Designing the Learning Experience

The Academy established an advisory committee comprised of faculty, foundation staff and organizational representatives. The committee assisted in identifying topics of interest for sessions and also offered constructive suggestions to strengthen the learning experience. The curriculum was designed to focus on the business aspects of operating a nonprofit, including topics such as financial management and reporting, technology planning and management, communications and marketing, human resource management and board/leadership development. Faculty members, drawn from all over the country, were selected for their nonprofit expertise, business acumen and ability to inspire organizational change and leadership. 

In its inaugural year the Academy required the executive director of each of its grantee organizations to attend a total of 6 hours of instruction, conducted twice monthly over 8 months. Each learning module was divided into 2 sections to keep class sizes small and to encourage each participants to closely interact, promoting a quality learning venue and fostering networking skills.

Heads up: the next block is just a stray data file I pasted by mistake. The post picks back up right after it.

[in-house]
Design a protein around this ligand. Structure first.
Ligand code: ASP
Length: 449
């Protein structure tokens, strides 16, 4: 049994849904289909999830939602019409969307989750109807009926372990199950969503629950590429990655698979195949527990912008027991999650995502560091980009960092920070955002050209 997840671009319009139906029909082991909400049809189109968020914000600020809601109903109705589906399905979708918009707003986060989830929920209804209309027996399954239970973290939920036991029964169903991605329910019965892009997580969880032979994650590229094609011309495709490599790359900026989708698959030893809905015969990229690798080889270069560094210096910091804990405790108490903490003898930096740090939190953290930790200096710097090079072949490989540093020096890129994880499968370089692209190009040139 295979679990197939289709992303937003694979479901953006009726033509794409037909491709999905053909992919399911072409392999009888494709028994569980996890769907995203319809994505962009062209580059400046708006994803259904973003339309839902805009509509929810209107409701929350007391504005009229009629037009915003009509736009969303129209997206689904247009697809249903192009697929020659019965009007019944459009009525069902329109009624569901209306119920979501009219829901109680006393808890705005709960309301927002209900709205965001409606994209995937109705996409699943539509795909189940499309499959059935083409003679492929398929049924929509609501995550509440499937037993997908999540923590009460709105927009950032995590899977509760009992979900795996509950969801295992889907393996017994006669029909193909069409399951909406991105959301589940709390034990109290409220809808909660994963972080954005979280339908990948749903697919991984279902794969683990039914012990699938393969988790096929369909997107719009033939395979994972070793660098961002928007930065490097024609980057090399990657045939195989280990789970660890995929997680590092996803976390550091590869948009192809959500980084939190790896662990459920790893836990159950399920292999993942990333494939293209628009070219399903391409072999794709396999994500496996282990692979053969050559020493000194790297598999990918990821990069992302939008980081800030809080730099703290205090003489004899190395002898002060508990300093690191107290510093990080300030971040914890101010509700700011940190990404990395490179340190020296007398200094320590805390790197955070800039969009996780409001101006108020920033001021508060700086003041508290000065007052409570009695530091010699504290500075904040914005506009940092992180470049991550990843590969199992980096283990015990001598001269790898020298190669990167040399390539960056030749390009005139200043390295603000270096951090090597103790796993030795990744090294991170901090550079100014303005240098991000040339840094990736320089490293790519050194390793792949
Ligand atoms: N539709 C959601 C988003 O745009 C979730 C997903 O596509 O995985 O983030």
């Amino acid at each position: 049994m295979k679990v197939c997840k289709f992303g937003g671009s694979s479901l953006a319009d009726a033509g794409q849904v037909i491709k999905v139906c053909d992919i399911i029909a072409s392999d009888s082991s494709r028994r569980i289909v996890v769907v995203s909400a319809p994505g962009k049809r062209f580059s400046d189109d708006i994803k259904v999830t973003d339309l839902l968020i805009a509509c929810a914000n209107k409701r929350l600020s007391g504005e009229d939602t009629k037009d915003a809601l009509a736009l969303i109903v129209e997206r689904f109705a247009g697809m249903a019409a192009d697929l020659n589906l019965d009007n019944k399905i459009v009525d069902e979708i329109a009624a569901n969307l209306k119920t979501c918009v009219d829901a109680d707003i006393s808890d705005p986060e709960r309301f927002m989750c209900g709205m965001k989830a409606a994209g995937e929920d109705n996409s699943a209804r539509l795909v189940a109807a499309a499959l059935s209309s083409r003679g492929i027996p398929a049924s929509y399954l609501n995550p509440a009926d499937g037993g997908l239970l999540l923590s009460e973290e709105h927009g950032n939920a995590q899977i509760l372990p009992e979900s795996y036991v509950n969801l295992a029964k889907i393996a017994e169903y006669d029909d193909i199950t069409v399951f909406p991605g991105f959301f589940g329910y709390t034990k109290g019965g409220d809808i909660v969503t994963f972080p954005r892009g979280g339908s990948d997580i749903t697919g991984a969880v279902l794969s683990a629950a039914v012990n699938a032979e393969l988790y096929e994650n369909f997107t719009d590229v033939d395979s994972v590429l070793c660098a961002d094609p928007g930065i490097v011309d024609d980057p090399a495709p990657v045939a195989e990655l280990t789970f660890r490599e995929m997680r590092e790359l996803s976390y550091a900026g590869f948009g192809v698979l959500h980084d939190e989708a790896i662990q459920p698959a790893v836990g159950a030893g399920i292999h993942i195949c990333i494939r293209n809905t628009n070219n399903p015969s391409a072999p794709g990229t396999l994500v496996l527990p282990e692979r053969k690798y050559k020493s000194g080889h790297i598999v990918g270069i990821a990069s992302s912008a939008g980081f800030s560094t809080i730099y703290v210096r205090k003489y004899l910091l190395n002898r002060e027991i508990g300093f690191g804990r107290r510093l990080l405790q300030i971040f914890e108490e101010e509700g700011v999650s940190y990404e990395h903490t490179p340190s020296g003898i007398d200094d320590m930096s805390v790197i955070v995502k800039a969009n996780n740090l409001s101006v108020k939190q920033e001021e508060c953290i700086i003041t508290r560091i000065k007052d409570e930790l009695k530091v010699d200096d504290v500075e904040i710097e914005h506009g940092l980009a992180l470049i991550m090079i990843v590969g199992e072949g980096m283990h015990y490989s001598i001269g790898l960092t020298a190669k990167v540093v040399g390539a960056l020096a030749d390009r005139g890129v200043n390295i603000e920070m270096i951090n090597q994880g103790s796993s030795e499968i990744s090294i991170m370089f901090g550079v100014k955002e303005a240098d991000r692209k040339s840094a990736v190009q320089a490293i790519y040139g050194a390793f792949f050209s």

In subsequent years, invitations to attend the Academy’s classes and programs were extended to all senior leaders and board members of organizations, with individual and organizational participation entirely voluntary. Attendance was not reported to the Foundation; therefore, grant funding decisions did not consider whether an organization was actively involved with the Academy, although many applicants made note of the value of the Academy’s programs in their applications. Over the past 6 years, many of the same executives have attended Academy sessions and most of the Foundation’s grantee organizations that have received continuous grant support have maintained a strong presence.